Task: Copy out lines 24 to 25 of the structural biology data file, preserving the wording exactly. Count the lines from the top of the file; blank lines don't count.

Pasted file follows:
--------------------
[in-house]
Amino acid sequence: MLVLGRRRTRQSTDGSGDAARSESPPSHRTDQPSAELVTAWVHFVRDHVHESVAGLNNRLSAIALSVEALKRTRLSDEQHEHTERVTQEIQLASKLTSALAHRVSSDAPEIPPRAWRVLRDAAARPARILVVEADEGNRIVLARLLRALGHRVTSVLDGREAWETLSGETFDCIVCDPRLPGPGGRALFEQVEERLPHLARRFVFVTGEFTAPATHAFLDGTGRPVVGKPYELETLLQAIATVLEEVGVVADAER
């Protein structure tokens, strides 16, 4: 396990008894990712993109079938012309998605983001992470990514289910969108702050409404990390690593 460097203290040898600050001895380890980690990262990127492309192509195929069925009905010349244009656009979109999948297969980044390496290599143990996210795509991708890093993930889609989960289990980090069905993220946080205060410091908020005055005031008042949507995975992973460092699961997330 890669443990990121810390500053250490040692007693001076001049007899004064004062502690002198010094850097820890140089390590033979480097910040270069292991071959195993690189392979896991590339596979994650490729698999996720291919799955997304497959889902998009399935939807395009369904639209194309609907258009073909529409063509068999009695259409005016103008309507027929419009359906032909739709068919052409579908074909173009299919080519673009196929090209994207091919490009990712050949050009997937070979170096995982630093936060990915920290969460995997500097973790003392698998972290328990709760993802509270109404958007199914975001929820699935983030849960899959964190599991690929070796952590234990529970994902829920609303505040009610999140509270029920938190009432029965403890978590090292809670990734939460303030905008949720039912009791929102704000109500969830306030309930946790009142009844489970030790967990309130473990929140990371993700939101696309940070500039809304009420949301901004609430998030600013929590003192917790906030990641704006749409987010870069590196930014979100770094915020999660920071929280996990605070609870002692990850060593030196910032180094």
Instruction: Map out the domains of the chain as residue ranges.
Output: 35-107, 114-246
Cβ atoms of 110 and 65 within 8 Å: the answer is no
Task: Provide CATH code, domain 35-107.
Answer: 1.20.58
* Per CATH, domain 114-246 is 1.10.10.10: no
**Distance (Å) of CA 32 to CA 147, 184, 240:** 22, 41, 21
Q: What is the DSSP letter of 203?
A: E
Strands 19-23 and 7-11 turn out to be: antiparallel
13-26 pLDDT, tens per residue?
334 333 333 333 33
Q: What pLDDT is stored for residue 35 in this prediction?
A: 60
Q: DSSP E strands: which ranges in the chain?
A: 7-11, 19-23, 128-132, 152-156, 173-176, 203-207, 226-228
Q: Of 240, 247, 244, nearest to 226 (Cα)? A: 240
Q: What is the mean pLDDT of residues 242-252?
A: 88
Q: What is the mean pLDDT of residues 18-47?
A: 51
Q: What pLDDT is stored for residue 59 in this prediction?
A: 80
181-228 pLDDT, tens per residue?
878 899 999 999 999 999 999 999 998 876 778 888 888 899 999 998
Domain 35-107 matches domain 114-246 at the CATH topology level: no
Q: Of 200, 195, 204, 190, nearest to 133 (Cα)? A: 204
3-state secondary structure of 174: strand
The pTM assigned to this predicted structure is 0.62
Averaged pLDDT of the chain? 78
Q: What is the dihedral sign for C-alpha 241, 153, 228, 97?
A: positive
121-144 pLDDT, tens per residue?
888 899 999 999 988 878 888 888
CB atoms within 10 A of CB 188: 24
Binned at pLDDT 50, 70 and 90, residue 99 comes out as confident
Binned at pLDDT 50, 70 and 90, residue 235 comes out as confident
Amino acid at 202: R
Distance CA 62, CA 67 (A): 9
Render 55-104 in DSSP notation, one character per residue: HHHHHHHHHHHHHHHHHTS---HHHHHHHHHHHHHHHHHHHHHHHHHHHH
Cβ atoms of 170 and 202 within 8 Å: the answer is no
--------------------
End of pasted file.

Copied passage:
A: 51
Q: What pLDDT is stored for residue 59 in this prediction?